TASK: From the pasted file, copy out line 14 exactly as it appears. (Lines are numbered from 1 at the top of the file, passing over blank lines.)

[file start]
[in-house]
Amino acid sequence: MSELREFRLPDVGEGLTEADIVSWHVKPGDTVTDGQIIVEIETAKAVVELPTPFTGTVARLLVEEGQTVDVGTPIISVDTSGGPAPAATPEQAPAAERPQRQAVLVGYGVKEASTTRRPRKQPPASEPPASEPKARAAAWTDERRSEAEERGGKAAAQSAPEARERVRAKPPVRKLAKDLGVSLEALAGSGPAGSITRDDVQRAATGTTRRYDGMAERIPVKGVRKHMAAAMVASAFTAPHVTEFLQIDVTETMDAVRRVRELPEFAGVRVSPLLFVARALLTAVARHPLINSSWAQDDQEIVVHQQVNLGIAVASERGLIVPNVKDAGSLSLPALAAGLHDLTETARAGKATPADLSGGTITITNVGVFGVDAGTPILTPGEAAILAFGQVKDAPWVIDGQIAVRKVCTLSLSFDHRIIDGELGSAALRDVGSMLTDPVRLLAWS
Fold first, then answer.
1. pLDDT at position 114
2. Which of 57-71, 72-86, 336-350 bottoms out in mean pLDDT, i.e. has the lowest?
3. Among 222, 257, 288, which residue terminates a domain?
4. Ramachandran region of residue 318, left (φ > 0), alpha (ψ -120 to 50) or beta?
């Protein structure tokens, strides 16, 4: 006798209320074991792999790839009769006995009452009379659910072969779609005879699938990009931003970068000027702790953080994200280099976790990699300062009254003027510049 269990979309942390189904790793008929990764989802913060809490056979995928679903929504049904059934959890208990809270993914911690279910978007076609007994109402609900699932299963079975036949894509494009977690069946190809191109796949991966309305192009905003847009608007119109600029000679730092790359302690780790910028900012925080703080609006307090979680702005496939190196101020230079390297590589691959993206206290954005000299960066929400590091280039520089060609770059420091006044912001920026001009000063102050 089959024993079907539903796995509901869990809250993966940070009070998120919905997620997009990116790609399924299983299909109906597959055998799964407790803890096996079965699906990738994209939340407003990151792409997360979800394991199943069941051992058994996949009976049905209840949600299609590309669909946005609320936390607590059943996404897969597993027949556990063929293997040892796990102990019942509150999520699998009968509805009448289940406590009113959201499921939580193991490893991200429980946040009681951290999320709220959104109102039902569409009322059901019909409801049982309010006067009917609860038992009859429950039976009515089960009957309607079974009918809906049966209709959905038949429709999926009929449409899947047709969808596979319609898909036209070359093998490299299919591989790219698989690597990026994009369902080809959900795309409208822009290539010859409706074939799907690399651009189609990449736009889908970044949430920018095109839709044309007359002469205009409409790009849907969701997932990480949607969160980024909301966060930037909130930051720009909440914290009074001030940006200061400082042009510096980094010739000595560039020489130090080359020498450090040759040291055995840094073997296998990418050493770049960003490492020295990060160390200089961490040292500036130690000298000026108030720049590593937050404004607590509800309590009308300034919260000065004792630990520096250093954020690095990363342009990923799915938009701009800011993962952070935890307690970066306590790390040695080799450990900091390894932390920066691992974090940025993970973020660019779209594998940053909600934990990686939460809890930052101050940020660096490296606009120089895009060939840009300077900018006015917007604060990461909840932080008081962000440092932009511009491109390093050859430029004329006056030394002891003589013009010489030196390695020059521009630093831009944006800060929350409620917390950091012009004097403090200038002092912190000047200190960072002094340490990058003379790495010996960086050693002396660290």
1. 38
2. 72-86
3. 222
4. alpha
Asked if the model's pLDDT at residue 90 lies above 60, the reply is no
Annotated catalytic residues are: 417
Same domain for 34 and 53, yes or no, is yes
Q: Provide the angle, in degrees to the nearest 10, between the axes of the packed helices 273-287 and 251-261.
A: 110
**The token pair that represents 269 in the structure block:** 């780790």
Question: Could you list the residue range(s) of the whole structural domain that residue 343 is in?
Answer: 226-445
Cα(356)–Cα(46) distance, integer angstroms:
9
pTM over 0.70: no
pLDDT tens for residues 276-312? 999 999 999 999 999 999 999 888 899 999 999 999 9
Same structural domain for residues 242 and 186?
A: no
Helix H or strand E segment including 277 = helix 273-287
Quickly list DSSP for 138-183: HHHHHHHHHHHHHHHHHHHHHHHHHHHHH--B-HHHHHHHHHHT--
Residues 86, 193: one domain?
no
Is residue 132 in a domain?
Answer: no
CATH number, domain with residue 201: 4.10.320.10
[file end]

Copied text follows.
Annotated catalytic residues are: 417